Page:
I disdained the nickname Timid Tim.
Imprecise. Were you actually called that? It's not clear.

High school gave birth to opportunism and rebirth.
It gave birth...to rebirth? No. And I think you meant opportunity, not opportunism.

I blew it.
Wait, so...you didn't take advantage of the birthing of the opportunity for rebirth or whatever? Make this more clear and don't try to be poetic; you don't have the writing chops. Simple but well-written is ALWAYS better than complex but badly-written. "High school provided an opportunity to start over, but I blew it."

A cruel fate landed me in an intimidating elective class sophomore year: debate.
'A cruel TWIST of fate,' I think you meant? But don't say that either; it's cliche.

Public speaking was daunting. I lacked confidence. I lacked ability. And I lacked the words.
I'm. Tripping. Over these. Awkwardly choppy. Sentences.

I put on a torn and wrinkled hammy down HAND-ME-DOWN suit: my face dotted with acne.
If colons are your forte, you should use them correctly. wtf does a bad suit have to do with acne? Either this just makes no sense, or the suit is a terrible metaphor for acne...and it makes no sense.

In a masochistic way, I loved the way I looked. I looked legitimate, important, presidential, authoritative, and all the et ceteras.
How is liking the way you looked masochistic? Also, if it was a wrinkled, hand-me-down suit, you probably didn't look legit and presidential. Maybe you FELT presidential; that's perfectly believable.

The first debate began, and I became a different person. I became a man. And I became a winner: socially, cognitively, and professionally.
A week out from my sixteenth birthday I told my mom, “I would throw a party if I had someone to invite.” I did not go out much.
But you were a winner, socially. You just said so. Be PRECISE.


you make some good points. and some bad points.

my writing style is my writing style. its been very successful and im not changing it.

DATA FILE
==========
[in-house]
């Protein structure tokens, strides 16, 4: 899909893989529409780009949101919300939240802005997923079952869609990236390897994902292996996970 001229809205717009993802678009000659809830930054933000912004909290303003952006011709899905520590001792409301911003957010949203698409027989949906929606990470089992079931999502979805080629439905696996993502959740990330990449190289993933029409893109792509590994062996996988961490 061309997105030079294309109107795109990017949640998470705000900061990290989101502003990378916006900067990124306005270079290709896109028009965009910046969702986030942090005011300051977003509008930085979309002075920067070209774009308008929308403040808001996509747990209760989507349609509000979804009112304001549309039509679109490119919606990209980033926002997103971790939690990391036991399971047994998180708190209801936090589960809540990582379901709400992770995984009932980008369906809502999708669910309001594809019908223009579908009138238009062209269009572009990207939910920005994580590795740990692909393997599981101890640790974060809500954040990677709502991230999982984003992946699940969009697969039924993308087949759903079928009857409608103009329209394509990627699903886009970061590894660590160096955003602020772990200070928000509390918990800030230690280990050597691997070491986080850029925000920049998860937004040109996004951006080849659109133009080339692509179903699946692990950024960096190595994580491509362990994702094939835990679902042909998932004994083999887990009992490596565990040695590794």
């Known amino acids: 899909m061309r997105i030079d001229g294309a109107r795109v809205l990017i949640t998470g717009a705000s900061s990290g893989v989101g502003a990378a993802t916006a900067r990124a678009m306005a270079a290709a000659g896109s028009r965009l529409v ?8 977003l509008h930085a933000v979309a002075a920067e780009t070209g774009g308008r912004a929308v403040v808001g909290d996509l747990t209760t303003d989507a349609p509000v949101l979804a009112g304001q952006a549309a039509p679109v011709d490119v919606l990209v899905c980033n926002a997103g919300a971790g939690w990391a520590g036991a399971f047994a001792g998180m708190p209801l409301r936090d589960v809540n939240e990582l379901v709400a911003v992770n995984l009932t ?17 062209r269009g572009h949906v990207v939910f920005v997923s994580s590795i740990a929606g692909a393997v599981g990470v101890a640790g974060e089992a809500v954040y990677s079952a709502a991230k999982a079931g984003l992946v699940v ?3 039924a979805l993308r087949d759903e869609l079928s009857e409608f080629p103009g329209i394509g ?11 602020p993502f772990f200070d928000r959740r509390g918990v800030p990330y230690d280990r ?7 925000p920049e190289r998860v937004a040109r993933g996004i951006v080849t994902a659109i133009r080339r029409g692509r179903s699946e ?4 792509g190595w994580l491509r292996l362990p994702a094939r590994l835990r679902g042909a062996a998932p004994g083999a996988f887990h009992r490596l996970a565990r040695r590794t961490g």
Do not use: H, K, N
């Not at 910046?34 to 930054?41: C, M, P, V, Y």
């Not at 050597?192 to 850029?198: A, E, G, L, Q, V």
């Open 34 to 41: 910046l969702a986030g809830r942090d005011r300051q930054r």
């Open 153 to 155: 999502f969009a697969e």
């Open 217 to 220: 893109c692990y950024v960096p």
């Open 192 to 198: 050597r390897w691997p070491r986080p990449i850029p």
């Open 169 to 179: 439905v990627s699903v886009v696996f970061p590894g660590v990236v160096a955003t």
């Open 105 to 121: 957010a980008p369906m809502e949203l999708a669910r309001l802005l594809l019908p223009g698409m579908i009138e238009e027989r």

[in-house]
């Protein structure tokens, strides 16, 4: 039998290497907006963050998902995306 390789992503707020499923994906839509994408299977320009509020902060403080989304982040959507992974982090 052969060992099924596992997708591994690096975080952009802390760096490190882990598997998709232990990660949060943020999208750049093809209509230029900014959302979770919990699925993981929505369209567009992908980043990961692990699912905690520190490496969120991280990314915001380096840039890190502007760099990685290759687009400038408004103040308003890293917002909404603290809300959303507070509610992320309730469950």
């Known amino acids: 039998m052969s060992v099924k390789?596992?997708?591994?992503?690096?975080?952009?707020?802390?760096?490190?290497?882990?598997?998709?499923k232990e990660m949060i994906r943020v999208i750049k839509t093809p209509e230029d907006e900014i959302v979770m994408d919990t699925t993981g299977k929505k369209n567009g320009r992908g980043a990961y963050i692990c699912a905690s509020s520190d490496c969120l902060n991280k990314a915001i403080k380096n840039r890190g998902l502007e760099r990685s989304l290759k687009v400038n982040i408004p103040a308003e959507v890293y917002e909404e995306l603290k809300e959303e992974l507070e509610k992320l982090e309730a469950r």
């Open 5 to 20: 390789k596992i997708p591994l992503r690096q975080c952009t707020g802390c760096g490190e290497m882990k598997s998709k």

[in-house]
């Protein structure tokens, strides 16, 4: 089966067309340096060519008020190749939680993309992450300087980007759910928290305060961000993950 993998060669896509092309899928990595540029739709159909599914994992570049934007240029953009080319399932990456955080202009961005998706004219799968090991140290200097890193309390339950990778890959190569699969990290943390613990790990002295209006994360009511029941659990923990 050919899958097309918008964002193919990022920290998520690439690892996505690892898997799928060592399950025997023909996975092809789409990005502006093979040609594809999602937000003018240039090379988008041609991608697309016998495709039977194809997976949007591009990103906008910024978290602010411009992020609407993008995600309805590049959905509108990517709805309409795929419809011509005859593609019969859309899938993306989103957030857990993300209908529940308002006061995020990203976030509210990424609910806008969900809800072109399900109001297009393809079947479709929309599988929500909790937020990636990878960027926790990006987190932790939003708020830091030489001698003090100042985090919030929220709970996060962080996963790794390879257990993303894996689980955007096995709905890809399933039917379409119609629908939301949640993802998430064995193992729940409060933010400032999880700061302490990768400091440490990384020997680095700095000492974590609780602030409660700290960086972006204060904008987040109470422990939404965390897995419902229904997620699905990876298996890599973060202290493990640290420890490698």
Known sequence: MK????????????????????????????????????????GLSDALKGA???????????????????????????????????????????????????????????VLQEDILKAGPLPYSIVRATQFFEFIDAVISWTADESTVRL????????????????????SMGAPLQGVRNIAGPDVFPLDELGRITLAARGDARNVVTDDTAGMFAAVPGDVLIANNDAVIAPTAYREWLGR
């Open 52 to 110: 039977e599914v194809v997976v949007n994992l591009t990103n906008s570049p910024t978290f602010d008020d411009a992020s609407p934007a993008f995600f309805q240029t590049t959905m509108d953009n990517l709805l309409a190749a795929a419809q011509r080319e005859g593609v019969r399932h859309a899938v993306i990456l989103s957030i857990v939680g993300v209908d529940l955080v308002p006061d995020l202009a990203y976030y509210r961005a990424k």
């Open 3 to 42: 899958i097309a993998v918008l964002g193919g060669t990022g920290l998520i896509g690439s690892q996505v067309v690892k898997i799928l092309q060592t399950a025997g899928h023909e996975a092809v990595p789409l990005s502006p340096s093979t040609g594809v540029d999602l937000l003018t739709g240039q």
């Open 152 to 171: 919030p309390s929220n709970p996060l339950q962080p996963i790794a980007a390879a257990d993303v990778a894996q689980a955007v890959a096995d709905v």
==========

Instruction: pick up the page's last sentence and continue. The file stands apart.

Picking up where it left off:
Lol.

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Dmini7
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Re: rough draft

Postby Dmini7 » Mon Dec 10, 2012 11:57 pm

overperformer wrote:i need to kill it to make up a few LSAT points.
----------------
Adolescence is tough in America for timid kids like me. Elementary school was a façade layered in innocence. I was the smart, cool kid: unaware that I would become the unattractive, lost kid in middle school. I disdained the nickname Timid Tim. High school gave birth to opportunism and rebirth. I blew it. I spent lunchtime freshman year in the bathroom stalls. A cruel fate landed me in an intimidating elective class sophomore year: debate. Public speaking was daunting. I lacked confidence. I lacked ability. And I lacked the words. The morning of the first meet came. I put on a torn and wrinkled hammy down suit: my face dotted with acne. In a masochistic way, I loved the way I looked. I looked legitimate, important, presidential, authoritative, and all the et ceteras. The first debate began, and I became a different person. I became a man. And I became a winner: socially, cognitively, and professionally.
A week out from my sixteenth birthday I told my mom, “I would throw a party if I had someone to invite.” I did not go out much. I’d catch a five o’clock show, so I could be home before sunset. I have strict parents: Memorial Day weekend 2008 was my first time sleeping out solo. I spent the weekend in Appleton, Wisconsin for NCFL Lincoln-Douglas Debate nationals. This prestigious event was limited: for Michigan, only the top three qualifiers were invited. During the seventy two hour trip, I spent sixteen hours on a pungent travel bus, twenty four hours sleeping, twelve hours debating, ten hours eating, and ten hours exploring downtown Appleton: I spent seventy two hours having the time of my life. I was independent and free. I formed friendships. I had fun. I went to the mall and I went to dinner and I went snuck out of my room at night: things I had never expected. One weekend undid sixteen years of cumbersome life. I came back to Michigan changed. On the extensive bus rides, I met a young girl that I took on my first date. Life became an awesome journey to be enjoyed, rather than a destiny to be complacent with.